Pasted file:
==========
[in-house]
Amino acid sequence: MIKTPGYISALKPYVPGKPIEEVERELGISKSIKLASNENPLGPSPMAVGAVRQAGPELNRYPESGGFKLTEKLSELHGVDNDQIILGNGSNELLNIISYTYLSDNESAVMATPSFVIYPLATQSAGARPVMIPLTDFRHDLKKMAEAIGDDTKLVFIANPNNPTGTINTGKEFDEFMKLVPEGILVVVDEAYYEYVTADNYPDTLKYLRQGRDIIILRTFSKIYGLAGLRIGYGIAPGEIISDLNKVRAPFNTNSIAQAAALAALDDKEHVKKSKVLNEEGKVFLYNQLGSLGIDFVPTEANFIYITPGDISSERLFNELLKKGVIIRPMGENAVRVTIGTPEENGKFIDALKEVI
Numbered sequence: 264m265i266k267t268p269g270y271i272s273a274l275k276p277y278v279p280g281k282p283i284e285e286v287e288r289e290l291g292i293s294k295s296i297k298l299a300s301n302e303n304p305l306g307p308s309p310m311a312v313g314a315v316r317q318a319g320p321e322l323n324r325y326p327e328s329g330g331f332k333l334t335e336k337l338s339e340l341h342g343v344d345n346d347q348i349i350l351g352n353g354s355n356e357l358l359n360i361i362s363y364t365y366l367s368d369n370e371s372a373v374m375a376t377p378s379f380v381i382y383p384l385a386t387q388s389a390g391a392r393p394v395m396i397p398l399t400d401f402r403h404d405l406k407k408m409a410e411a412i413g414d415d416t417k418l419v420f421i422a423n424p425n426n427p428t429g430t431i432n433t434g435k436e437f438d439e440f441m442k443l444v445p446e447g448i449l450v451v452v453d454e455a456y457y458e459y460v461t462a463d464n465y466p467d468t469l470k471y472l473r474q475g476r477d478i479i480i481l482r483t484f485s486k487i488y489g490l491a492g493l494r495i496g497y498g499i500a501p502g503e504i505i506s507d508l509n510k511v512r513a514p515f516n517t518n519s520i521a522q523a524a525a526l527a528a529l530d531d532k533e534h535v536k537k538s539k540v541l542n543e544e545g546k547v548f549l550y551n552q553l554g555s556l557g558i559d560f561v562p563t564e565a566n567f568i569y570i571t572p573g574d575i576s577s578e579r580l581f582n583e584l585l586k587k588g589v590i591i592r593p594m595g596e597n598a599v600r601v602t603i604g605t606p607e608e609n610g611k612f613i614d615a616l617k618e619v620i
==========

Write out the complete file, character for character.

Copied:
[in-house]
Amino acid sequence: MIKTPGYISALKPYVPGKPIEEVERELGISKSIKLASNENPLGPSPMAVGAVRQAGPELNRYPESGGFKLTEKLSELHGVDNDQIILGNGSNELLNIISYTYLSDNESAVMATPSFVIYPLATQSAGARPVMIPLTDFRHDLKKMAEAIGDDTKLVFIANPNNPTGTINTGKEFDEFMKLVPEGILVVVDEAYYEYVTADNYPDTLKYLRQGRDIIILRTFSKIYGLAGLRIGYGIAPGEIISDLNKVRAPFNTNSIAQAAALAALDDKEHVKKSKVLNEEGKVFLYNQLGSLGIDFVPTEANFIYITPGDISSERLFNELLKKGVIIRPMGENAVRVTIGTPEENGKFIDALKEVI
Numbered sequence: 264m265i266k267t268p269g270y271i272s273a274l275k276p277y278v279p280g281k282p283i284e285e286v287e288r289e290l291g292i293s294k295s296i297k298l299a300s301n302e303n304p305l306g307p308s309p310m311a312v313g314a315v316r317q318a319g320p321e322l323n324r325y326p327e328s329g330g331f332k333l334t335e336k337l338s339e340l341h342g343v344d345n346d347q348i349i350l351g352n353g354s355n356e357l358l359n360i361i362s363y364t365y366l367s368d369n370e371s372a373v374m375a376t377p378s379f380v381i382y383p384l385a386t387q388s389a390g391a392r393p394v395m396i397p398l399t400d401f402r403h404d405l406k407k408m409a410e411a412i413g414d415d416t417k418l419v420f421i422a423n424p425n426n427p428t429g430t431i432n433t434g435k436e437f438d439e440f441m442k443l444v445p446e447g448i449l450v451v452v453d454e455a456y457y458e459y460v461t462a463d464n465y466p467d468t469l470k471y472l473r474q475g476r477d478i479i480i481l482r483t484f485s486k487i488y489g490l491a492g493l494r495i496g497y498g499i500a501p502g503e504i505i506s507d508l509n510k511v512r513a514p515f516n517t518n519s520i521a522q523a524a525a526l527a528a529l530d531d532k533e534h535v536k537k538s539k540v541l542n543e544e545g546k547v548f549l550y551n552q553l554g555s556l557g558i559d560f561v562p563t564e565a566n567f568i569y570i571t572p573g574d575i576s577s578e579r580l581f582n583e584l585l586k587k588g589v590i591i592r593p594m595g596e597n598a599v600r601v602t603i604g605t606p607e608e609n610g611k612f613i614d615a616l617k618e619v620i